Types of stroke
The Centers for Disease Control and Prevention (CDC) identifies three types of stroke—hemorrhagic, ischemic and transient ischemic attack. The type of stroke you have will affect your treatment and recovery.
Hemorrhagic stroke occurs when a blood vessel in your brain bursts, causing uncontrolled bleeding. Nearby brain cells can't get the oxygen and nutrients they need. Bleeding also causes pressure to build up in surrounding tissues, causing irritation and swelling. All these problems can cause the cells in your brain to die.
Causes of hemorrhagic stroke include:
Ischemic stroke is the most common type of stroke, making up about 87 percent of all strokes. Ischemic stroke is when a blood vessel to the brain becomes blocked, stopping blood flow to a part of the brain. Brain tissues begin to die within minutes from lack of oxygen and nutrients.
Two types of ischemic strokes are:
Embolic strokes—caused by a blood clot or plaque that travels through the bloodstream to one of the brain's blood vessels.
Thrombotic strokes—a blood clot that develops in the blood vessels inside the brain.
Transient ischemic attack (TIA) is also called a ministroke, TIA causes symptoms similar to those of an ischemic stroke. The difference is that TIAs usually clear up within a few minutes to an hour and don’t cause permanent brain damage. TIA is a warning sign for a stroke.
The most common causes of TIA are:
One of the major blood vessels to the brain, usually one of the carotid arteries, is narrowed from plaque, a fatty substance that clogs the artery and reduces blood flow.
A blood clot travels from a different part of the body to the brain.
Plaque buildup narrows brain's blood vessels.
It's impossible to know if you're having a TIA or an ischemic stroke. If you or someone nearby has any stroke symptoms, seek immediate medical attention.
Stroke risk factors
Stroke can affect anyone at any age. Certain risk factors increase your change of stroke, such as:
Abnormal heart rhythm (atrial fibrillation)—an irregular heartbeat that is a treatable factor for stroke.
Diabetes—people with diabetes are at greater risk for a stroke than someone without this condition.
Excessive use of alcohol
Heart disease—an significant risk factor for stroke and a major cause of death among stroke survivors. Heart disease and stroke have similar risk factors.
High blood pressure—a blood pressure reading of 140/90mmHg or higher can damage blood vessels that supply blood to the brain.
High cholesterol—contributes to thickening or hardening of the arteries (atherosclerosis) caused by plaque buildup.
Lack of exercise
Sickle cell disease—a serious inherited blood disorder where red blood cells develop abnormally.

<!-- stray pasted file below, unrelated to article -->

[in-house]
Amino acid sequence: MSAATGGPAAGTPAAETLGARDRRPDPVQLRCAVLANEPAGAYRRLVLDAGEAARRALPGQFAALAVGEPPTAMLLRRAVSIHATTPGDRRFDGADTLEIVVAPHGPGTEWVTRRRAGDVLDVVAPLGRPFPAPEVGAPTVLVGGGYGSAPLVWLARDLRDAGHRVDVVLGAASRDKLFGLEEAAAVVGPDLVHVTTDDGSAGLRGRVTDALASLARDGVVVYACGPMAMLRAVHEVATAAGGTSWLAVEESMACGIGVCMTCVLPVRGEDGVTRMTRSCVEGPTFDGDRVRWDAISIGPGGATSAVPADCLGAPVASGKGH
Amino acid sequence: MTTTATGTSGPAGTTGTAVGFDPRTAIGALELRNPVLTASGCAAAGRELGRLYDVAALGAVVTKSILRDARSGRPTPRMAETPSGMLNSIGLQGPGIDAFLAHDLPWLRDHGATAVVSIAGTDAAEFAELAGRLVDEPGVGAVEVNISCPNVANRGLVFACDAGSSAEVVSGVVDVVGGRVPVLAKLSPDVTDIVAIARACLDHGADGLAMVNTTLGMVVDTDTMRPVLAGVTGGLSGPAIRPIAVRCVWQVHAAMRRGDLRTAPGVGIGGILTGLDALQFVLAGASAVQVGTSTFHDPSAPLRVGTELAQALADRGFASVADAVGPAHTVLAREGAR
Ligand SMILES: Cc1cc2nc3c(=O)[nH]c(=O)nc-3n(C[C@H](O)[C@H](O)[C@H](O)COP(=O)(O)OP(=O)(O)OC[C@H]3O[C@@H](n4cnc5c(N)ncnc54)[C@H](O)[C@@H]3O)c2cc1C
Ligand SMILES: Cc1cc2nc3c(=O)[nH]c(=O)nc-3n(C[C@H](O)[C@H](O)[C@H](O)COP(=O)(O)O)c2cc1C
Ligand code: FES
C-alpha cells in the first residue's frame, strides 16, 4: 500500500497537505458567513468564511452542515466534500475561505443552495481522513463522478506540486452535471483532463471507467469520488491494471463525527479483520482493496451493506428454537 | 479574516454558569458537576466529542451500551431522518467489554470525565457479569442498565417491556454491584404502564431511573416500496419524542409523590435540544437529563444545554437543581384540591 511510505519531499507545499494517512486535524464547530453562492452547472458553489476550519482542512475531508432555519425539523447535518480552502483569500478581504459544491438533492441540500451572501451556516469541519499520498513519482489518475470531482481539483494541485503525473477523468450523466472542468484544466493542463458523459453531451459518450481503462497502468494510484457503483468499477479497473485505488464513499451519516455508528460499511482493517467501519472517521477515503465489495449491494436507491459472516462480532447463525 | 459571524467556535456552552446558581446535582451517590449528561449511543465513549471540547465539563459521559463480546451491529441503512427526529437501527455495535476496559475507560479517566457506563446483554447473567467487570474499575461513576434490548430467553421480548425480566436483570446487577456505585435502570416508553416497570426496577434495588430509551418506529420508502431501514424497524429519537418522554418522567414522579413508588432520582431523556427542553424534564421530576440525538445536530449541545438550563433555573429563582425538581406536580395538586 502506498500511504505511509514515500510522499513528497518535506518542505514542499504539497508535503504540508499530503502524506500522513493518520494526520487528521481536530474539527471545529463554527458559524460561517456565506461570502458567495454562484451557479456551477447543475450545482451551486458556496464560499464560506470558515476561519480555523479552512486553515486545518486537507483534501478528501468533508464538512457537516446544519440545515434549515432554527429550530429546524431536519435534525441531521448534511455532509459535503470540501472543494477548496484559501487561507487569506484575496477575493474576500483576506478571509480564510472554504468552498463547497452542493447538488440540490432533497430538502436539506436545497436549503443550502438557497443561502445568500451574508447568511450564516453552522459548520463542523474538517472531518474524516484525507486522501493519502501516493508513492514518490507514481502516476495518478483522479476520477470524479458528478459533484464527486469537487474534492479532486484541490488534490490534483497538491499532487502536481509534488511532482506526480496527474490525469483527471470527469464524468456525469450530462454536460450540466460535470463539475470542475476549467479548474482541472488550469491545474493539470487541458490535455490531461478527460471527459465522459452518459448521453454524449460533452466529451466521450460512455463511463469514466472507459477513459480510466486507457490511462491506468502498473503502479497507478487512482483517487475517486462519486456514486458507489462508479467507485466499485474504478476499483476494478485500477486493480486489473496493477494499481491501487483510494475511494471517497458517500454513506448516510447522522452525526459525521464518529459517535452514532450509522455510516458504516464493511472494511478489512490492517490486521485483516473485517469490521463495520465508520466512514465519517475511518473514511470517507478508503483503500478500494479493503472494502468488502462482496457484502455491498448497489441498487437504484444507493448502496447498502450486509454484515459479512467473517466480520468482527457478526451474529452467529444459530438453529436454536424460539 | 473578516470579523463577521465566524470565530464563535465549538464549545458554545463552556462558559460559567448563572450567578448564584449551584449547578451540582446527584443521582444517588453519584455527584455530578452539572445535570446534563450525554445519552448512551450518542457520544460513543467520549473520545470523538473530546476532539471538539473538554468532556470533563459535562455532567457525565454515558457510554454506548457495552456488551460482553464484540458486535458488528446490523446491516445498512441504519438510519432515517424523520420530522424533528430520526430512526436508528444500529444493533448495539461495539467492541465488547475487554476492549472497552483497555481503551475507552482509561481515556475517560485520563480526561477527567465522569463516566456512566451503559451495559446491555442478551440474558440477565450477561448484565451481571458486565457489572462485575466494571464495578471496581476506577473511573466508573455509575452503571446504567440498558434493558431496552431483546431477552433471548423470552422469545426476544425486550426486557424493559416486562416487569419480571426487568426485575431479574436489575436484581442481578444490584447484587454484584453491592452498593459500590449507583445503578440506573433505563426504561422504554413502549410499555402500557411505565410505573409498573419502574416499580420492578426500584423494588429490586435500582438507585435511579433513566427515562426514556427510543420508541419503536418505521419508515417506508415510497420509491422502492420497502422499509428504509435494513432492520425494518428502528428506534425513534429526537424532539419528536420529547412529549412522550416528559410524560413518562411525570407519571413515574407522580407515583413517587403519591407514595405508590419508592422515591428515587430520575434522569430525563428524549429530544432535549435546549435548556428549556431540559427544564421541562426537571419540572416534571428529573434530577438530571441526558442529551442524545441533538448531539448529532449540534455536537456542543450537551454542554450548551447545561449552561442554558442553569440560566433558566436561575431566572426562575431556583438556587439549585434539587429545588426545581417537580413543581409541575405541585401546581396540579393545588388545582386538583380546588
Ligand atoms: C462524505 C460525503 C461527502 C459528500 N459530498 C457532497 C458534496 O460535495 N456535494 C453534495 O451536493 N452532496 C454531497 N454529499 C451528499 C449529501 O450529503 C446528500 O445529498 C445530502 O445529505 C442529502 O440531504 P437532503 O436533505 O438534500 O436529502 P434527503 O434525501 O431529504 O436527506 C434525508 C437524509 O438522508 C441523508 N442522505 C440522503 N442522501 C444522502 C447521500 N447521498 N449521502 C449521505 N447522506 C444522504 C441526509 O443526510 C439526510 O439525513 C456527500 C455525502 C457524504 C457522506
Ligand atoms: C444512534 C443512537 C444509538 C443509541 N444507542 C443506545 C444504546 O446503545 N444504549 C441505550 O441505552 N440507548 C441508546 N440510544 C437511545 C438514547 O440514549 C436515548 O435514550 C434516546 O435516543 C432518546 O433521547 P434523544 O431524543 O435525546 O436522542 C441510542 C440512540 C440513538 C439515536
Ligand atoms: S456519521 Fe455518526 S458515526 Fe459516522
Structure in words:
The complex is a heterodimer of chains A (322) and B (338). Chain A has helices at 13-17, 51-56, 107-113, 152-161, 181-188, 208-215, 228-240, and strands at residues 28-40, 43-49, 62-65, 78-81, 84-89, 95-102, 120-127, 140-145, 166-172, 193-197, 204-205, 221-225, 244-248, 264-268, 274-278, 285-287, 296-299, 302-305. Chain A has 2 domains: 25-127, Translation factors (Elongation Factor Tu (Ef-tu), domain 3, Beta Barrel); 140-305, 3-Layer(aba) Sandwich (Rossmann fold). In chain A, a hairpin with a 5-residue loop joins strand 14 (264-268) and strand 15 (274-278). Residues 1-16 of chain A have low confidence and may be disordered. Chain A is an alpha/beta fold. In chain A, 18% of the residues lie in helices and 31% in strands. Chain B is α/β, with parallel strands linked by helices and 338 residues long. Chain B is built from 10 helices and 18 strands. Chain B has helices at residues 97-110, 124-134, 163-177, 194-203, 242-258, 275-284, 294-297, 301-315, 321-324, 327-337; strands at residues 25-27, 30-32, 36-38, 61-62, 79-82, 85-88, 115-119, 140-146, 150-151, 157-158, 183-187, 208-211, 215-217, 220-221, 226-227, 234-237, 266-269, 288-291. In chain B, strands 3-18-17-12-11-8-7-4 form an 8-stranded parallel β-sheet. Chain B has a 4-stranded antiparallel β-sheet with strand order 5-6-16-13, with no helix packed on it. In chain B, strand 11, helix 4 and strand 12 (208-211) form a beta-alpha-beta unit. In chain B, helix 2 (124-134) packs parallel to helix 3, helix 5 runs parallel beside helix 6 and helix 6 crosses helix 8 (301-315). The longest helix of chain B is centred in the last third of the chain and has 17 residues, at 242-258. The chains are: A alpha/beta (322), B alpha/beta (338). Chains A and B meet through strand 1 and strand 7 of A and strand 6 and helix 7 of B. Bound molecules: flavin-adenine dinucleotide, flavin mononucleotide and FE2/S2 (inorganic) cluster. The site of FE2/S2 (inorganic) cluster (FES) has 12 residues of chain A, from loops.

Smoking—almost doubles your risk for an ischemic stroke.
Any type of stroke is an emergency situation. It’s important for everyone to know the signs of a stroke and get help quickly.
While symptoms may vary, they can happen suddenly and include:
A severe headache with no known cause, especially when it happens suddenly
Difficulty moving or walking
Dizziness or problems with balance or coordination
Fainting, confusion or seizure
Loss of vision in one or both eyes
Sudden nausea or vomiting not caused by a viral illness
Trouble talking or understanding others speaking
Weakness or numbness of the face, arm or leg, usually on one side of the body
Stroke treatment is most effective when started right away. Call 911 or your local emergency number right away.
FAST help for stroke
FAST is an easy way to remember the signs of a stroke.
FAST stands for:
Face—one side of the face droops when the person smiles.
Arm—one arm may drift downward when the person lifts both arms at the same time.
Speech—the person may have slurred speech, difficulty speaking or can't repeat a simple sentence correctly.
Time—If someone shows any of these symptoms call 911 even if the symptoms go away. Make note of the time the symptoms first appeared.
Why choose The Christ Hospital Health Network
Stroke patients have immediate access to the latest approaches for the diagnosis and treatment of stroke.
Our dedicated neurosurgery team includes expert neurosurgeons and neuroradiologists. They combine compassion and experience with the most advanced technologies to ensure the highest-quality treatment for stroke.
Stroke patients also have access to CARF-accredited inpatient and outpatient rehabilitation services.
Get more information about brain stroke care at The Christ Hospital Health Network.